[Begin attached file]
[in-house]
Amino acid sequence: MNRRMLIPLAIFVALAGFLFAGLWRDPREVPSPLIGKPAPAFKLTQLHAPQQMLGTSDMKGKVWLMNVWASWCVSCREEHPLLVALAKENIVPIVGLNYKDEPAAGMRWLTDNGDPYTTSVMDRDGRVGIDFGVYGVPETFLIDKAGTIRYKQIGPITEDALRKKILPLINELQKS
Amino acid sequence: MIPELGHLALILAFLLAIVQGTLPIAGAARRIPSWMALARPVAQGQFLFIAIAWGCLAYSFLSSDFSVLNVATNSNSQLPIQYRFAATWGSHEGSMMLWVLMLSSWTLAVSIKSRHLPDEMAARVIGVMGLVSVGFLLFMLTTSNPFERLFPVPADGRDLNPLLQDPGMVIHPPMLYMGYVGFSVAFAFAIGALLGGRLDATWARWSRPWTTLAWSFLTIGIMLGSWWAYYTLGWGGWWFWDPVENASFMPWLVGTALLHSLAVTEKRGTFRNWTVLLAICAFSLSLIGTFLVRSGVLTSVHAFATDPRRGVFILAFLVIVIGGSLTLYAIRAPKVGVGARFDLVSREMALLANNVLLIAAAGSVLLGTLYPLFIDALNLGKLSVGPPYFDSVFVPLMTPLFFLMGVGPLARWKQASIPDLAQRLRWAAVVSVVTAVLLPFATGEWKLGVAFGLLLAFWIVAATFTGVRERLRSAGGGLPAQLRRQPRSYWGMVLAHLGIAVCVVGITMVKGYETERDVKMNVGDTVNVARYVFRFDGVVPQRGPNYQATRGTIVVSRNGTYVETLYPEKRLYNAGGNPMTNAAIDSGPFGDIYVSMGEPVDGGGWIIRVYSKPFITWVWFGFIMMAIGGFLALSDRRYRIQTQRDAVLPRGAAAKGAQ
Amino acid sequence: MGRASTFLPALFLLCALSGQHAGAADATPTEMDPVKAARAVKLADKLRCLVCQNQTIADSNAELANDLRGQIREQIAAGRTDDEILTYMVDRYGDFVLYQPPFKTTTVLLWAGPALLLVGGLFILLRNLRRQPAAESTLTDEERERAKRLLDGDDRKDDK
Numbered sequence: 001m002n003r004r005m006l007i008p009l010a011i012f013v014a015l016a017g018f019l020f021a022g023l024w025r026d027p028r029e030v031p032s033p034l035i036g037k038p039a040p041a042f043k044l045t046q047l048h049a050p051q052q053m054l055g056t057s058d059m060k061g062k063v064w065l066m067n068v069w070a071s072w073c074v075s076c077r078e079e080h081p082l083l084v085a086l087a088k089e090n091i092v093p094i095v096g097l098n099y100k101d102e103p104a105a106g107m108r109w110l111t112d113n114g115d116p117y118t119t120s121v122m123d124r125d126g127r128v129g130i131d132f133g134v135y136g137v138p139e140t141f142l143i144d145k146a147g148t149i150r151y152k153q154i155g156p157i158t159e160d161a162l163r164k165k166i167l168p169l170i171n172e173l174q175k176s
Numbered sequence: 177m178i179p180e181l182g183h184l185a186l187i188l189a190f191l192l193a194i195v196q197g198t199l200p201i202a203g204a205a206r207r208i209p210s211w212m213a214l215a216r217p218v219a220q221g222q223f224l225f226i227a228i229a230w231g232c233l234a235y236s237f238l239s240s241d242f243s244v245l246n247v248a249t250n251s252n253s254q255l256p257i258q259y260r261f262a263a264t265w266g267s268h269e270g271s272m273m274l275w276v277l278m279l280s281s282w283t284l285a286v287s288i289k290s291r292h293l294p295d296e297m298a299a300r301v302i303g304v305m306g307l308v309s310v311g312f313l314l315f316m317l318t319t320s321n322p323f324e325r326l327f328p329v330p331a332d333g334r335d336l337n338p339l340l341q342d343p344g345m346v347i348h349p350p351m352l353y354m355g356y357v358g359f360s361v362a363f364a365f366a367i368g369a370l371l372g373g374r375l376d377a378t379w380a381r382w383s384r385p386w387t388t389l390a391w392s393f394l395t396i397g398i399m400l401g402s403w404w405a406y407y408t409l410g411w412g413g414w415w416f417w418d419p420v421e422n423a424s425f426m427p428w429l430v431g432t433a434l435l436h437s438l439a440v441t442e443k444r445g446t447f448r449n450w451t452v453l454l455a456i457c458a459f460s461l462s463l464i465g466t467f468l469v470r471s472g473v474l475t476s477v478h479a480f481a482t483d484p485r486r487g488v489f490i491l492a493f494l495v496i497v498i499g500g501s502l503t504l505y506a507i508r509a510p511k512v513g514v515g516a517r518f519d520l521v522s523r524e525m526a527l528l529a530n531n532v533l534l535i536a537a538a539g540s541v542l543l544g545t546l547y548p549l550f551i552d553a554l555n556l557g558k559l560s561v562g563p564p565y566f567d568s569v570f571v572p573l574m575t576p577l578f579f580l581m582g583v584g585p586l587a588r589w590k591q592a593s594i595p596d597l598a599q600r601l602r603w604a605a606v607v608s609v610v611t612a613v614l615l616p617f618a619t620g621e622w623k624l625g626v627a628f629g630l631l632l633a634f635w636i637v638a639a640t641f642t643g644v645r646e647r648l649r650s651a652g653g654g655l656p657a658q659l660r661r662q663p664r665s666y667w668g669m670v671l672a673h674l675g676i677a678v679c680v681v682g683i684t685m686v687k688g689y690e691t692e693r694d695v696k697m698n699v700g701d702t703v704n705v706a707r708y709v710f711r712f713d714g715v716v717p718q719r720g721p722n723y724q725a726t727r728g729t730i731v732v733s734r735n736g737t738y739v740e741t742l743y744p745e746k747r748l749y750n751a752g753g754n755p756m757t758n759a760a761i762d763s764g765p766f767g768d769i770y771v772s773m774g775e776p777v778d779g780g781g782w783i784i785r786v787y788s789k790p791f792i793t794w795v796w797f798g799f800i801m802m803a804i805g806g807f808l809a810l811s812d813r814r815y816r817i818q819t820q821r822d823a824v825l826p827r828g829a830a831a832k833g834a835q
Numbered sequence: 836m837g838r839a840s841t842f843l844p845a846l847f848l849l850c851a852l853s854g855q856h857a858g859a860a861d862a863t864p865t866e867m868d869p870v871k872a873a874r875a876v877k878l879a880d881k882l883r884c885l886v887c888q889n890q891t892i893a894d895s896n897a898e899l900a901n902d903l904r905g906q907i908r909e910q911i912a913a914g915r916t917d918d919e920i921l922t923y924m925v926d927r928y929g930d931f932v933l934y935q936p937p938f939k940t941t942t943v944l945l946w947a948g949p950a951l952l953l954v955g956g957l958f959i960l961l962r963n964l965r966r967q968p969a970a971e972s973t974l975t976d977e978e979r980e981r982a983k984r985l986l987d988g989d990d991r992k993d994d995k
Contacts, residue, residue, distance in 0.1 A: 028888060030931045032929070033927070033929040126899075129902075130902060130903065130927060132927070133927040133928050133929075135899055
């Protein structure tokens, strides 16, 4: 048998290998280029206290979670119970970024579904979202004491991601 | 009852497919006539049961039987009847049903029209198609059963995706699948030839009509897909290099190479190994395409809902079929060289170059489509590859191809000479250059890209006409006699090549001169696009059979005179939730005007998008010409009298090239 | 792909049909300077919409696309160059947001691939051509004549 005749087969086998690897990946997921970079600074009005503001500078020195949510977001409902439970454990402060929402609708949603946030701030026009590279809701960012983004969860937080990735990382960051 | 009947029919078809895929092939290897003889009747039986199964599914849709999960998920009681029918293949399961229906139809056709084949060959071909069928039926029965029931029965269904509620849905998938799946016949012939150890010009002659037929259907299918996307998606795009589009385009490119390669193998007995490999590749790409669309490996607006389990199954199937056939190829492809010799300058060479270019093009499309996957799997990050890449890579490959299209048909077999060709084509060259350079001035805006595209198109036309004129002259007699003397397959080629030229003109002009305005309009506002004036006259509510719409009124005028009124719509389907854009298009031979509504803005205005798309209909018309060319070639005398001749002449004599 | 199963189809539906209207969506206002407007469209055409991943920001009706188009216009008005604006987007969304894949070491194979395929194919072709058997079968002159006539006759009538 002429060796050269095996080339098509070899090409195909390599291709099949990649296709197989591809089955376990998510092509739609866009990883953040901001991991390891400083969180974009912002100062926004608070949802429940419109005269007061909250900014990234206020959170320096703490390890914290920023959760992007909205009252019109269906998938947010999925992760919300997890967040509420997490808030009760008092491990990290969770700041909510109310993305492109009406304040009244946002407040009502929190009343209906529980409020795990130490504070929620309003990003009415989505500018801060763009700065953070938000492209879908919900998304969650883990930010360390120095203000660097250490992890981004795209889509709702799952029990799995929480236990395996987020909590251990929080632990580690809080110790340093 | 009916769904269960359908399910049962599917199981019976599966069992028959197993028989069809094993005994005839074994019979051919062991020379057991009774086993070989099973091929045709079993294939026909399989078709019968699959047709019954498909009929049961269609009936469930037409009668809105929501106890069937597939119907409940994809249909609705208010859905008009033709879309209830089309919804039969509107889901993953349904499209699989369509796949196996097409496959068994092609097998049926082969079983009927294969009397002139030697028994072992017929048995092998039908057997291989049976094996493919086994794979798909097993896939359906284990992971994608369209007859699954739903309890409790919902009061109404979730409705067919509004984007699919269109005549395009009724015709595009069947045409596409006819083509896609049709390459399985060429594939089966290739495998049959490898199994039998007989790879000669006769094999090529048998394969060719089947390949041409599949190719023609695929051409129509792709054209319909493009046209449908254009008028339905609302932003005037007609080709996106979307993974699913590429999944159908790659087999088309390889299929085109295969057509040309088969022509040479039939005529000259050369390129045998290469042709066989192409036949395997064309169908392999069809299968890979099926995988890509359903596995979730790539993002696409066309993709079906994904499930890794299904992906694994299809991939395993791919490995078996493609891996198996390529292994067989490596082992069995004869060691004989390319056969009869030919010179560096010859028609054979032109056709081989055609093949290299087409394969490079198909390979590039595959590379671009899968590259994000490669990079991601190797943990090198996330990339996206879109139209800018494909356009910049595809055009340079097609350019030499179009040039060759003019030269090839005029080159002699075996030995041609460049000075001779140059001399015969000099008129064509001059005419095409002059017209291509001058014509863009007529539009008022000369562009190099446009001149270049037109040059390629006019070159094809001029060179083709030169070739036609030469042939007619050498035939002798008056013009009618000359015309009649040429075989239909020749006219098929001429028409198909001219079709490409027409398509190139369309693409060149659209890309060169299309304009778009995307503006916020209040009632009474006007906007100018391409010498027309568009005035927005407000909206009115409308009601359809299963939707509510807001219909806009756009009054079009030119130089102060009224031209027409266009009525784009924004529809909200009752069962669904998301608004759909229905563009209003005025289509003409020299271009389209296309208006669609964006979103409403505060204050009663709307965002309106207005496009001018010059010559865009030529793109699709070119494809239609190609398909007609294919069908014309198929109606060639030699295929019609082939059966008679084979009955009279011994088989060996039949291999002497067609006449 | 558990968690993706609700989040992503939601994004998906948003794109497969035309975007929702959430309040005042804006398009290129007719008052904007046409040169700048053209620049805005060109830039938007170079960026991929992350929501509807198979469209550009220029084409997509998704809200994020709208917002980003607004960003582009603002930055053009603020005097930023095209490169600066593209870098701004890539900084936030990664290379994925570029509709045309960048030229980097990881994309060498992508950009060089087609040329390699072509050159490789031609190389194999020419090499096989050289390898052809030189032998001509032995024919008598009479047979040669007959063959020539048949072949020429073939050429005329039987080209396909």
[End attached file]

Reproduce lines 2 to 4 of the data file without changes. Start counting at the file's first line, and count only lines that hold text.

Amino acid sequence: MNRRMLIPLAIFVALAGFLFAGLWRDPREVPSPLIGKPAPAFKLTQLHAPQQMLGTSDMKGKVWLMNVWASWCVSCREEHPLLVALAKENIVPIVGLNYKDEPAAGMRWLTDNGDPYTTSVMDRDGRVGIDFGVYGVPETFLIDKAGTIRYKQIGPITEDALRKKILPLINELQKS
Amino acid sequence: MIPELGHLALILAFLLAIVQGTLPIAGAARRIPSWMALARPVAQGQFLFIAIAWGCLAYSFLSSDFSVLNVATNSNSQLPIQYRFAATWGSHEGSMMLWVLMLSSWTLAVSIKSRHLPDEMAARVIGVMGLVSVGFLLFMLTTSNPFERLFPVPADGRDLNPLLQDPGMVIHPPMLYMGYVGFSVAFAFAIGALLGGRLDATWARWSRPWTTLAWSFLTIGIMLGSWWAYYTLGWGGWWFWDPVENASFMPWLVGTALLHSLAVTEKRGTFRNWTVLLAICAFSLSLIGTFLVRSGVLTSVHAFATDPRRGVFILAFLVIVIGGSLTLYAIRAPKVGVGARFDLVSREMALLANNVLLIAAAGSVLLGTLYPLFIDALNLGKLSVGPPYFDSVFVPLMTPLFFLMGVGPLARWKQASIPDLAQRLRWAAVVSVVTAVLLPFATGEWKLGVAFGLLLAFWIVAATFTGVRERLRSAGGGLPAQLRRQPRSYWGMVLAHLGIAVCVVGITMVKGYETERDVKMNVGDTVNVARYVFRFDGVVPQRGPNYQATRGTIVVSRNGTYVETLYPEKRLYNAGGNPMTNAAIDSGPFGDIYVSMGEPVDGGGWIIRVYSKPFITWVWFGFIMMAIGGFLALSDRRYRIQTQRDAVLPRGAAAKGAQ
Amino acid sequence: MGRASTFLPALFLLCALSGQHAGAADATPTEMDPVKAARAVKLADKLRCLVCQNQTIADSNAELANDLRGQIREQIAAGRTDDEILTYMVDRYGDFVLYQPPFKTTTVLLWAGPALLLVGGLFILLRNLRRQPAAESTLTDEERERAKRLLDGDDRKDDK